September 2016
Volume 57, Issue 12
Open Access
ARVO Annual Meeting Abstract  |   September 2016
The Role Of Acid Sphingomyelinase In Shifting The Balance Between Pro-inflammatory And Reparative Bone Marrow Cells In Diabetic Retinopathy
Author Affiliations & Notes
  • Walter V Esselman
    College of Human Medicine, Michigan State University, East Lansing, Michigan, United States
  • Harshini Chakravarthy
    Physiology, Michigan State University , East Lansing, Michigan, United States
  • Svetlana N Navitskaya
    Physiology, Michigan State University , East Lansing, Michigan, United States
  • Sandra V O'Reilly
    Physiology, Michigan State University , East Lansing, Michigan, United States
  • Eleni Beli
    Ophthalmology, Indiana University, Indianapolis, Indiana, United States
  • Qi Wang
    Physiology, Michigan State University , East Lansing, Michigan, United States
  • Nermin Kady
    Physiology, Michigan State University , East Lansing, Michigan, United States
  • Chao Huang
    Physiology, Michigan State University , East Lansing, Michigan, United States
  • Maria B Grant
    Ophthalmology, Indiana University, Indianapolis, Indiana, United States
  • Julia V Busik
    Physiology, Michigan State University , East Lansing, Michigan, United States
  • Footnotes
    Commercial Relationships   Walter Esselman, None; Harshini Chakravarthy, None; Svetlana Navitskaya, None; Sandra O'Reilly, None; Eleni Beli, None; Qi Wang, None; Nermin Kady, None; Chao Huang, None; Maria Grant, None; Julia Busik, None
  • Footnotes
    Support  National Institutes of Health (NIH) grant EY-01-6077, Michigan AgBioResearch grant MICL02163 to JVB, NIH grants EY-07739 and EY-12601 to MBG, and NIH grant DK-09-0730 to MBG and JVB, Jean P. Schultz Endowed Biomedical Research Award
Investigative Ophthalmology & Visual Science September 2016, Vol.57, 3203. doi:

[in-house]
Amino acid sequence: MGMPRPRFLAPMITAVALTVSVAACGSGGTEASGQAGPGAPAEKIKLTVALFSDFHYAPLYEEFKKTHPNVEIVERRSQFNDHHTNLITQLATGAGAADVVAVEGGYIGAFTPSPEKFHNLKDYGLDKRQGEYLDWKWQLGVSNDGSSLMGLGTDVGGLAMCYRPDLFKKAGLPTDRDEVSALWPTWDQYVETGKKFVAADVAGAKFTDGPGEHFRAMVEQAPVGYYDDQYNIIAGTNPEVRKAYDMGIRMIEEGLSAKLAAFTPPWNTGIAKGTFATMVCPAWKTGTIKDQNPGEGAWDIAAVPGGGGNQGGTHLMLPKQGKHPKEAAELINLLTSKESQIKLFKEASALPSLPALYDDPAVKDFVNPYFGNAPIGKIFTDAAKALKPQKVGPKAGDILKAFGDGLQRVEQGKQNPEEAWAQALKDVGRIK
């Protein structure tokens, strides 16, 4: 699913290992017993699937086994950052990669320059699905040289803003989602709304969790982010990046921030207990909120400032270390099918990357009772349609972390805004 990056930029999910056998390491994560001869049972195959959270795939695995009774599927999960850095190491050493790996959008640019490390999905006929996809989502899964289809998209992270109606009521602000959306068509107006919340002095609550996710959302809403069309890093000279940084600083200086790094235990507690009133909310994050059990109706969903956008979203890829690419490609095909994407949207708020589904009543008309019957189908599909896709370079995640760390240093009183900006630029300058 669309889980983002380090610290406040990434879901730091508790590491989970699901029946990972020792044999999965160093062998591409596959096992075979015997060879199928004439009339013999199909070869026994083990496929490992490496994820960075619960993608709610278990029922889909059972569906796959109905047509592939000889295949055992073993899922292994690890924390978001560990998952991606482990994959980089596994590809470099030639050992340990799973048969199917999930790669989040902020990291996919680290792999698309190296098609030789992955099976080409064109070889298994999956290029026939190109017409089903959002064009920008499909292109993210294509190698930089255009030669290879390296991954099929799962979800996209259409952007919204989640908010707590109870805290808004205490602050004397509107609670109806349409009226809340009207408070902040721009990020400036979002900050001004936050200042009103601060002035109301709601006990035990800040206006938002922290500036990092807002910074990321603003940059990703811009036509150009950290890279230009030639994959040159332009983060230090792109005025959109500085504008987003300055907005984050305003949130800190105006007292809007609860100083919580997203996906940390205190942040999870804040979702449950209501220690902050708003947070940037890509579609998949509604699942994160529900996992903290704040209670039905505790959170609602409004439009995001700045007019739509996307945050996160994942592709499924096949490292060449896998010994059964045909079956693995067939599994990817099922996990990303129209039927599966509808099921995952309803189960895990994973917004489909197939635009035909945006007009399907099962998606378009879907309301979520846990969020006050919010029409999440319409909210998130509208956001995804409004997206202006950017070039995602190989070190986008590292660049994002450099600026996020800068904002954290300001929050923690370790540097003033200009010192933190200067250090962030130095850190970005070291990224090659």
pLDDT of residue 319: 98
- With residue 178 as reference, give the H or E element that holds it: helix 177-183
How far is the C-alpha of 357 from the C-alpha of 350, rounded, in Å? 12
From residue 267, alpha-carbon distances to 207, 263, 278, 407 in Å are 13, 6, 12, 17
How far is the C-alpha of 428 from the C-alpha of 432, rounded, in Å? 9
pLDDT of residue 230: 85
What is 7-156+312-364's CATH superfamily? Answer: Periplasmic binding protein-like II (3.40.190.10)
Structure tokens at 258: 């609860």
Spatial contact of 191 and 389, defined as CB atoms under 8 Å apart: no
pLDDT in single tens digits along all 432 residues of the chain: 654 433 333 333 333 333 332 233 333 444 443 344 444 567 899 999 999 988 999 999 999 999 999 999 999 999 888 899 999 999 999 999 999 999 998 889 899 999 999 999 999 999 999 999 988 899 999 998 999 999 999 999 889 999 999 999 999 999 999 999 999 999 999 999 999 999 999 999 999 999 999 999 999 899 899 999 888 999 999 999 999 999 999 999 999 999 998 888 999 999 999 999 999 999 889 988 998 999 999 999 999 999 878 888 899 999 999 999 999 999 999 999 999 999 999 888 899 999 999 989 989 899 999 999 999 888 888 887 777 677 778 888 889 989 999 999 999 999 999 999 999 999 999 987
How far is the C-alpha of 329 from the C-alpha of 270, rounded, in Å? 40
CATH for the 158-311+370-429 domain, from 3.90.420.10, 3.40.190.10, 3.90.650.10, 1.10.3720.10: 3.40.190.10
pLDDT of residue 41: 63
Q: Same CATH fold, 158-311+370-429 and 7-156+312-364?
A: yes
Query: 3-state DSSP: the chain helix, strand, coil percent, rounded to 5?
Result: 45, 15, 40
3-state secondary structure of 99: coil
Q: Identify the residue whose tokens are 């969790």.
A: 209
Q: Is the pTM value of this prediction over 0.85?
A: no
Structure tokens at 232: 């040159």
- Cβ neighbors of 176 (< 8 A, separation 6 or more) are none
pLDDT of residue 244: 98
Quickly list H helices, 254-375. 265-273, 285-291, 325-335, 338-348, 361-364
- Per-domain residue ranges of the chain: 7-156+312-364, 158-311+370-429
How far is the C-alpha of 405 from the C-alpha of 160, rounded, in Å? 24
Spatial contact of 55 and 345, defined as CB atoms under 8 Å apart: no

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    • Get Citation

      Walter V Esselman, Harshini Chakravarthy, Svetlana N Navitskaya, Sandra V O'Reilly, Eleni Beli, Qi Wang, Nermin Kady, Chao Huang, Maria B Grant, Julia V Busik; The Role Of Acid Sphingomyelinase In Shifting The Balance Between Pro-inflammatory And Reparative Bone Marrow Cells In Diabetic Retinopathy. Invest. Ophthalmol. Vis. Sci. 2016;57(12):3203.

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      © ARVO (1962-2015); The Authors (2016-present)

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Abstract

Purpose : Diabetes-induced low-grade chronic inflammation, retinal endothelial cell damage and inadequate vascular repair are partly due to the increased activation of bone marrow (BM)-derived inflammatory monocytes infiltrating the retina, and compromised function of BM-derived reparative circulating angiogenic cells (CACs). We now propose that a metabolic link leading to activated monocytes and dysfunctional CACs in diabetes involves upregulation of a central enzyme of sphingolipid signaling, acid sphingomyelinase (ASM).

Methods : C57BL/6.ASM-/-Xgfp+ bone marrow chimeric mice were made diabetic with using streptozotocin injections. Inflammatory and cell-specific markers were measured by RT-PCR and immunohistochemistry. Retinal vascular permeability was measured by FITC-albumin. Acellular capillaries were measured by elastase digest protocol. ASM was inhibited in gfp+ CACs by siRNA, intravireally injected into WT mice and their co-localization with retinal vasculature was observed by confocal microscopy. Gfp+ CACs in BM were counted by flow cytometry to measure CAC homing efficiency.

Results : Selective inhibition of ASM in the BM prevented diabetes-induced activation of BM-derived microglia-like cells and normalized pro-inflammatory cytokine levels in the retina. Selective inhibition of ASM in BM also improved retinal vascular pathology as measured by vascular permeability and formation of acellular capillary in the diabetic retina. Inhibition of ASM in diabetic CACs improved homing of these vascular reparative cells to damaged retinal vessels. Moreover, diabetic CACs injected into the vitreous lose the ability to migrate back to their BM niche, whereas inhibition of ASM improves their in vivo homing efficiency.

Conclusions : Collectively, these findings indicate that BM pathology in diabetes could play a role in both increased pro-inflammatory state and inadequate vascular repair contributing to diabetic retinopathy. Further, selective modulation of sphingolipid metabolism in BM-derived cell populations in diabetes normalizes this reparative/pro-inflammatory cell balance, and can be explored as a novel therapeutic strategy for treating diabetic retinopathy.

This is an abstract that was submitted for the 2016 ARVO Annual Meeting, held in Seattle, Wash., May 1-5, 2016.

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